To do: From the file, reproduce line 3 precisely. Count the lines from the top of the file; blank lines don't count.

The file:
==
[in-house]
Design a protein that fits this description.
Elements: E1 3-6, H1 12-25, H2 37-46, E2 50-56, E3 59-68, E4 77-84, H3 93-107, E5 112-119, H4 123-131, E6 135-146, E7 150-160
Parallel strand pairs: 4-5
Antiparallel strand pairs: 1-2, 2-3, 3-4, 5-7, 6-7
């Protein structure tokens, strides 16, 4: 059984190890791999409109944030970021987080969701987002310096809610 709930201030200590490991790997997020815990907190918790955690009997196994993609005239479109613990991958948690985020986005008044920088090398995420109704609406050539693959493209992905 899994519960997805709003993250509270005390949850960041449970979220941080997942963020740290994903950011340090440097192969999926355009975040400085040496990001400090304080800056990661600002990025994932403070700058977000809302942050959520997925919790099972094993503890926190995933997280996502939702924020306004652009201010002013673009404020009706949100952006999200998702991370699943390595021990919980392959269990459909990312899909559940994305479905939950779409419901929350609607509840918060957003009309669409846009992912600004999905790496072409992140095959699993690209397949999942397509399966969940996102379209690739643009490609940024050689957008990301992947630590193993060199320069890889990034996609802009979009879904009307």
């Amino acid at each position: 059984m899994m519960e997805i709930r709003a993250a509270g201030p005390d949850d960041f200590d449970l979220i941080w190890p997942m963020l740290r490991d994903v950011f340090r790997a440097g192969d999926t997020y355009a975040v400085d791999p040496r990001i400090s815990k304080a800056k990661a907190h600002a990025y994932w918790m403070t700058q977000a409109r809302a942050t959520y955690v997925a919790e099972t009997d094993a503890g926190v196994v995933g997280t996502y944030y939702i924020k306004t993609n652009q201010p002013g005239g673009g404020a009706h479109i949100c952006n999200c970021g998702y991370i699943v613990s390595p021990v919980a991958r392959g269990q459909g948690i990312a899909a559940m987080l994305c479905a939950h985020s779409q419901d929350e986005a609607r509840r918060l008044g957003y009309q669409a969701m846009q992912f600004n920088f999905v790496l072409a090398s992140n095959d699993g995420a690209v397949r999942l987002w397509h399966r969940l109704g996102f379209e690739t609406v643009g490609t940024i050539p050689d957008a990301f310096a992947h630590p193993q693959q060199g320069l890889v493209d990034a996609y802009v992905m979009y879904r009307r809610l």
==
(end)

Elements: E1 3-6, H1 12-25, H2 37-46, E2 50-56, E3 59-68, E4 77-84, H3 93-107, E5 112-119, H4 123-131, E6 135-146, E7 150-160